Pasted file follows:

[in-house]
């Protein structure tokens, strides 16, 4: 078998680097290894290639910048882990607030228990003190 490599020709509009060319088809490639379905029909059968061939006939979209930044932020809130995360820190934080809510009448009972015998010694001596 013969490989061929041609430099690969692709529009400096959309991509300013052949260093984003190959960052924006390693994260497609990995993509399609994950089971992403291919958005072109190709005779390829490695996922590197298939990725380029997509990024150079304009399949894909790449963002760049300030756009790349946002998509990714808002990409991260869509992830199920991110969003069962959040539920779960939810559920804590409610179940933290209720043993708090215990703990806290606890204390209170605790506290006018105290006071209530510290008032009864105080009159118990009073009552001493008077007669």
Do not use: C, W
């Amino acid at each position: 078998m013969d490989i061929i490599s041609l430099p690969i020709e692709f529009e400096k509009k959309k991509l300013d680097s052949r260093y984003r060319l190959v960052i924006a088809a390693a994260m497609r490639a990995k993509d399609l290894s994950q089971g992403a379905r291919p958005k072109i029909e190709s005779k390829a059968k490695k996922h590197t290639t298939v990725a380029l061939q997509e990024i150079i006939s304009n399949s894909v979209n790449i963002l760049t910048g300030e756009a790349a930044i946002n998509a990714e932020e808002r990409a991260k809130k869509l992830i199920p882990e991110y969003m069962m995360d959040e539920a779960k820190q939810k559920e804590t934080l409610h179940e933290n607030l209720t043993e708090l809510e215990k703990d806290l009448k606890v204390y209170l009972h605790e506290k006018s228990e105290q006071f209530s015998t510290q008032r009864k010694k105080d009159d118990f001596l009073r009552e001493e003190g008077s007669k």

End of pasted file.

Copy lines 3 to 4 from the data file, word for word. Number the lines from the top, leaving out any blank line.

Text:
Do not use: C, W
């Amino acid at each position: 078998m013969d490989i061929i490599s041609l430099p690969i020709e692709f529009e400096k509009k959309k991509l300013d680097s052949r260093y984003r060319l190959v960052i924006a088809a390693a994260m497609r490639a990995k993509d399609l290894s994950q089971g992403a379905r291919p958005k072109i029909e190709s005779k390829a059968k490695k996922h590197t290639t298939v990725a380029l061939q997509e990024i150079i006939s304009n399949s894909v979209n790449i963002l760049t910048g300030e756009a790349a930044i946002n998509a990714e932020e808002r990409a991260k809130k869509l992830i199920p882990e991110y969003m069962m995360d959040e539920a779960k820190q939810k559920e804590t934080l409610h179940e933290n607030l209720t043993e708090l809510e215990k703990d806290l009448k606890v204390y209170l009972h605790e506290k006018s228990e105290q006071f209530s015998t510290q008032r009864k010694k105080d009159d118990f001596l009073r009552e001493e003190g008077s007669k």